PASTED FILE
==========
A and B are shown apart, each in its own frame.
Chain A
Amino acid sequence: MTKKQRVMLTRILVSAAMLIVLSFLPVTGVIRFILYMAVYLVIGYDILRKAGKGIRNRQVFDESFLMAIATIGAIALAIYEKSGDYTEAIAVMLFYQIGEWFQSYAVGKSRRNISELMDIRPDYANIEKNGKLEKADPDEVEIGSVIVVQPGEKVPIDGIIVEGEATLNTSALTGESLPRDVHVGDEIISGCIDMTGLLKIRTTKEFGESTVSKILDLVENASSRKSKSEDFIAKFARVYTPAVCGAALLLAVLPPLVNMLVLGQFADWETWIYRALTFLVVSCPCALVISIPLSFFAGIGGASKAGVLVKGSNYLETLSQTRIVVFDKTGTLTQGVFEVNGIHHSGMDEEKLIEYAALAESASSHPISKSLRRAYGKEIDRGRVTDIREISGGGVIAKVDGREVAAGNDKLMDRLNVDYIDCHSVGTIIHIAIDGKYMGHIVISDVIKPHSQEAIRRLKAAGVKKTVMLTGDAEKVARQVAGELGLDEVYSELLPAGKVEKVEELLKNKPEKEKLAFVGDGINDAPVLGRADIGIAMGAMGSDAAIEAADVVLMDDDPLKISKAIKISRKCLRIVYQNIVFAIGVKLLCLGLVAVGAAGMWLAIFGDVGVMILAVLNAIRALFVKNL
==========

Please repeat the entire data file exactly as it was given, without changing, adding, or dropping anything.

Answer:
A and B are shown apart, each in its own frame.
Chain A
Amino acid sequence: MTKKQRVMLTRILVSAAMLIVLSFLPVTGVIRFILYMAVYLVIGYDILRKAGKGIRNRQVFDESFLMAIATIGAIALAIYEKSGDYTEAIAVMLFYQIGEWFQSYAVGKSRRNISELMDIRPDYANIEKNGKLEKADPDEVEIGSVIVVQPGEKVPIDGIIVEGEATLNTSALTGESLPRDVHVGDEIISGCIDMTGLLKIRTTKEFGESTVSKILDLVENASSRKSKSEDFIAKFARVYTPAVCGAALLLAVLPPLVNMLVLGQFADWETWIYRALTFLVVSCPCALVISIPLSFFAGIGGASKAGVLVKGSNYLETLSQTRIVVFDKTGTLTQGVFEVNGIHHSGMDEEKLIEYAALAESASSHPISKSLRRAYGKEIDRGRVTDIREISGGGVIAKVDGREVAAGNDKLMDRLNVDYIDCHSVGTIIHIAIDGKYMGHIVISDVIKPHSQEAIRRLKAAGVKKTVMLTGDAEKVARQVAGELGLDEVYSELLPAGKVEKVEELLKNKPEKEKLAFVGDGINDAPVLGRADIGIAMGAMGSDAAIEAADVVLMDDDPLKISKAIKISRKCLRIVYQNIVFAIGVKLLCLGLVAVGAAGMWLAIFGDVGVMILAVLNAIRALFVKNL